• During the call it was noted that WFO Birmingham AL (BHM) is working on a project relating to HSLC events and QLCS events in particular. Jonathan contacted Kevin Laws (SOO BHM) and learned that BHM has an aggressive timeline and some of the focus of their project will be in warning services. Jonathan and Kevin agreed to keep each other updated on their respective projects.
• After a recent call, the team expressed an interest in working with the Warning Decision training branch (WDTB) to incorporate the results of this project into the AWOC severe training program. WDTB is already working on putting together their budget and goals for FY13 and the CSTAR HSLC items will likely get incorporated into that training cycle. We are still waiting to hear back from them on what the next steps should be in the dialog between WDTB and the CSTAR project. Reaching out early in the process should work out well and allow us to get in their budgeting and planning process. This is very good news and provides an excellent mechanism to get research results into the hands of forecasters.
• The next call is scheduled for January 26, 2012.

QPF associated with tropical cyclone boundary interaction
• Jordan Dale, a Penn State graduate, arrived in August, and this project will serve as the foundation for his master’s thesis.  Jordan is getting spun up on the project and has been performing a literature review.
• The project is gaining more focus and will be examining the predictability of inland surface boundaries and their impact on tropical cyclone QPF. This project will examine the interaction of tropical cyclones with weak or marginal boundaries. The goal is to identify what processes determine if a boundary will form and then determine the resulting distribution of precipitation and wind.
• One particular question will focus on how much does evaporational cooling in the pre-storm environment set the stage for subsequent QPF.
• Previous work examined the role of evaporational cooling and the subsequent development of a surface boundary, on the precipitation distribution associated with Tropical Storm Hanna.  For Hanna, the evaporational cooling and boundary appeared to modulate the QPF, but the change was not extreme. At least in this case, it was noted not to over emphasize CAD and diabatic processes.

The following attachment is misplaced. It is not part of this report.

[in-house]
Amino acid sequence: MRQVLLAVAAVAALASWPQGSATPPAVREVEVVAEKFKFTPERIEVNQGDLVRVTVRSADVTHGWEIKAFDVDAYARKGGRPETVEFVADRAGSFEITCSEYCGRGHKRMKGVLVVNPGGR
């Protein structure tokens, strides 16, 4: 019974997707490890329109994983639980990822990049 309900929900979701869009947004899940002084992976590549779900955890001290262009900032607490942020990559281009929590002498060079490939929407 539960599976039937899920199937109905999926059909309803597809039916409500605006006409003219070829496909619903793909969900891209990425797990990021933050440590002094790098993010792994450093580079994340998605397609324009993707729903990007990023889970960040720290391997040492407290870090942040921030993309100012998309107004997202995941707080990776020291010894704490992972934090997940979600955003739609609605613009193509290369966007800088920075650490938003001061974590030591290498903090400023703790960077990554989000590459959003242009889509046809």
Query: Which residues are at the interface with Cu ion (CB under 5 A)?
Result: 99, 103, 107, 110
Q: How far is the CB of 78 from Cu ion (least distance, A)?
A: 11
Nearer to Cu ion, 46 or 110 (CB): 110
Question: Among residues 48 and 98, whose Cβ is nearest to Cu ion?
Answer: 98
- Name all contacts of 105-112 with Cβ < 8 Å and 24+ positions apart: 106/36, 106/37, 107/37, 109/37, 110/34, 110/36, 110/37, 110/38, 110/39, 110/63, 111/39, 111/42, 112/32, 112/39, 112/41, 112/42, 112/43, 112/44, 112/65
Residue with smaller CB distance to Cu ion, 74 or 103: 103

• A conference call was held on 3 November and notes from the conference call are on the blog.
• WFO Raleigh NC State student volunteer Rebecca Duell recently identified a total of 54 Tropical Cyclones (TCs) that moved through the CSTAR study domain since 1995. This list of tropical cyclones will be used to identify cases for this project. More details on the methodology to identify the tropical cyclones is available on the blog.
• The candidate cases noted above were assembled into a spreadsheet and they should provide a starting point for investigation and case identification. Dr. Gary Lackmann and Jordan Dale are currently working to trim the list down to a manageable subset of cases for further investigation.  Once that list is available, they will likely be looking for input from the WFOs and other CSTAR participants.
• The next call is tentatively schedule for the second week of January.  Once a meeting time is determined, a regular meeting time will be established for regular monthly calls.

Tropical cyclone initialization
• Briana Gordon, who was working on this project, graduated this fall, completed her MS and now works in the weather enterprise.
• Research results for this project, which were preliminary, are hoped to be shared via a journal article in the future
• Dr Lackmann has agreed to create and present a webinar for an operational audience on how TC initialization is accomplished and how this impacts operational NWP. The date of the training is still to be determined but it will likely be in late May. The goal is to provide a baseline of knowledge (bogusing, vortex relocation, etc) to forecasters and share with them the strengths and limitations of each system in a way that would be helpful for forecasters.

Other items
• The 6 month CSTAR progress report was submitted in late November. Electronic copies were provided to the CSTAR SOO’s and MIC’s. Jonathan will send along copies to the CI’s.
• Participants are encouraged to add blog entries as interesting events or discoveries are made.
• A fall workshop to be held in Raleigh is in the works. PIs, CIs, and SOOs have been contacted to identify a good period while considering the NWA conference, SLS conference, and travel budget concerns. Initial input suggests that a workshop on 15-16 November might work best.
• The next quarterly call is scheduled for Friday, February 24th at 300 PM.

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This entry was posted in CSTAR, General Information, High Shear Low Cape Severe Wx, TC and Boundary QPF, TC Improved Initial Conditions, TC Inland and Marine Winds. Bookmark the permalink.